However, because life continues beyond this feeling, you should, too. You would not arrive at the same feelings over something trivial. It’s raining today and I can’t go out and garden, so all the plants will die — what’s the point? You know how silly it would be to adopt this idea just because it is raining. Instead, you would probably counter the disappointment of rain with Tomorrow is calling for sun, so I will garden then.
This kind of logic should be applied to any situation, including recovery. Certainly some things feel more important at the time, but nothing should be viewed as essential to determining if your life has meaning or not. What is essential is learning from experience that you can overcome any situation. You lost a job, but you found something better. You drank or used drugs, but today you are sober. There is always something to lend hope and motivation.
Hopelessness often occurs because you are constantly thinking in terms of what you can and cannot do. Volunteering can help you to realize that you do matter. Volunteering can also lead to new friendships and a stronger connection within your community.
When you help others, you adopt a sense of leadership that gives you direction and motivation toward being a proactive problem solver. Given the current situation the world is facing, you might wonder how you can volunteer. There are many food banks and charities that are accepting donations, not just money but food and/or clothing.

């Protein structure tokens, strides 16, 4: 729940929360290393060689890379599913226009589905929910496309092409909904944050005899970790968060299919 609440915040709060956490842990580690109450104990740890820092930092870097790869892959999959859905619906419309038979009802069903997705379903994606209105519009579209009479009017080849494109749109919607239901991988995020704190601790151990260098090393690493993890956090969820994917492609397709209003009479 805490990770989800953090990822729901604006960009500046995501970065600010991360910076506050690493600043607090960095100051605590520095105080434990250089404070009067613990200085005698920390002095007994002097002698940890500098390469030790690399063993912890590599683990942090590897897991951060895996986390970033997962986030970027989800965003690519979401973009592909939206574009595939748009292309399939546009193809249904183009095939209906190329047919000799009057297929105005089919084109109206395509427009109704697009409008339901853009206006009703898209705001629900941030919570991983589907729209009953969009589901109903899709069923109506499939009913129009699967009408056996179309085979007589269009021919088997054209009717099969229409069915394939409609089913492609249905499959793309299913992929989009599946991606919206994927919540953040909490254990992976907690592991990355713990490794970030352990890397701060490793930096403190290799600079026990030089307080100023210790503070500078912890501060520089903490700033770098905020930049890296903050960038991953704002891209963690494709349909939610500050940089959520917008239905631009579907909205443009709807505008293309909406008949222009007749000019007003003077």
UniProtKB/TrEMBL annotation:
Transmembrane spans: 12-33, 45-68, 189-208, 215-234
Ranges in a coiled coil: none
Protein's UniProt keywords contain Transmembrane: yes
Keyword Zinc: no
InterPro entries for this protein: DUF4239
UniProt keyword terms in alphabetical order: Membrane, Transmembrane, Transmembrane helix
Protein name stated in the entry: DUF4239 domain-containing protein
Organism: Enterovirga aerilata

You can volunteer by delivering food to those who are more at risk of traveling outside their homes. Finally, there are many virtual volunteer opportunities where you can help in a big way from the safety of your own home. You can also look locally for opportunities to volunteer during this time of crisis.
Focus on the Present
Where most become hopeless is when they begin to accumulate thoughts, and these thoughts present a future that makes them overwhelmed. This might result in you wanting to fix everything at once, but your recovery has taught you that big changes occur from a series of small victories.
Stay in the moment and focus on the task at hand, break the task down into smaller tasks, and then focus on completing these tasks. For example, you need a job because you need income. Instead of pressuring yourself to find something overnight, first focus on creating a strong resume, then building a network, then begin to apply.
These small stepping stones will support the process and add to your confidence in helping you make better decisions.
Hopelessness can unravel any quality of life, and render your recovery non-existent. These thoughts and behaviors occur over time — given the current situation, they may be further amplified and your sense of hopelessness might be stronger than ever. If you cannot elevate your thoughts above these feelings, it’s time to get help. True Recovery offers 24/7 support and believes in the practice of alternative care, an approach that can help you discover the treatment that is right for you. Don’t continue to feel helpless when there is hope. To learn more, call us today at (866) 399-6528.